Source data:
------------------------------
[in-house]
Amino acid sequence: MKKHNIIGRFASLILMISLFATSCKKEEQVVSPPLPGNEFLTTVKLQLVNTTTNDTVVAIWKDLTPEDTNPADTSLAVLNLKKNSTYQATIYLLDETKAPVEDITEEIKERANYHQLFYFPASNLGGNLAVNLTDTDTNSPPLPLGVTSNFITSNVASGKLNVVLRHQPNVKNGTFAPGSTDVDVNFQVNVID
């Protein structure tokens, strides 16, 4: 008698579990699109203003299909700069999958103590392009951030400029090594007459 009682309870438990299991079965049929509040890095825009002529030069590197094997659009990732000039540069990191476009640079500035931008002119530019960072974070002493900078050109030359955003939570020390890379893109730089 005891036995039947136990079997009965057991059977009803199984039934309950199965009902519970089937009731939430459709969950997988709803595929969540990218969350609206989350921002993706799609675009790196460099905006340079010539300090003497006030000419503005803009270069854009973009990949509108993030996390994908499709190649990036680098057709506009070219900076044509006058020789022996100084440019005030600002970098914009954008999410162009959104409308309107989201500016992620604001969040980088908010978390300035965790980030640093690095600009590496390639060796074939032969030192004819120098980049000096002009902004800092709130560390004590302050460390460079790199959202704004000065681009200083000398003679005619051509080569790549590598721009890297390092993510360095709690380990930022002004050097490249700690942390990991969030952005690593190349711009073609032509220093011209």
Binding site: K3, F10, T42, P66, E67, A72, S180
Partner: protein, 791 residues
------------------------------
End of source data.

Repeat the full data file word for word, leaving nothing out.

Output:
[in-house]
Amino acid sequence: MKKHNIIGRFASLILMISLFATSCKKEEQVVSPPLPGNEFLTTVKLQLVNTTTNDTVVAIWKDLTPEDTNPADTSLAVLNLKKNSTYQATIYLLDETKAPVEDITEEIKERANYHQLFYFPASNLGGNLAVNLTDTDTNSPPLPLGVTSNFITSNVASGKLNVVLRHQPNVKNGTFAPGSTDVDVNFQVNVID
């Protein structure tokens, strides 16, 4: 008698579990699109203003299909700069999958103590392009951030400029090594007459 009682309870438990299991079965049929509040890095825009002529030069590197094997659009990732000039540069990191476009640079500035931008002119530019960072974070002493900078050109030359955003939570020390890379893109730089 005891036995039947136990079997009965057991059977009803199984039934309950199965009902519970089937009731939430459709969950997988709803595929969540990218969350609206989350921002993706799609675009790196460099905006340079010539300090003497006030000419503005803009270069854009973009990949509108993030996390994908499709190649990036680098057709506009070219900076044509006058020789022996100084440019005030600002970098914009954008999410162009959104409308309107989201500016992620604001969040980088908010978390300035965790980030640093690095600009590496390639060796074939032969030192004819120098980049000096002009902004800092709130560390004590302050460390460079790199959202704004000065681009200083000398003679005619051509080569790549590598721009890297390092993510360095709690380990930022002004050097490249700690942390990991969030952005690593190349711009073609032509220093011209």
Binding site: K3, F10, T42, P66, E67, A72, S180
Partner: protein, 791 residues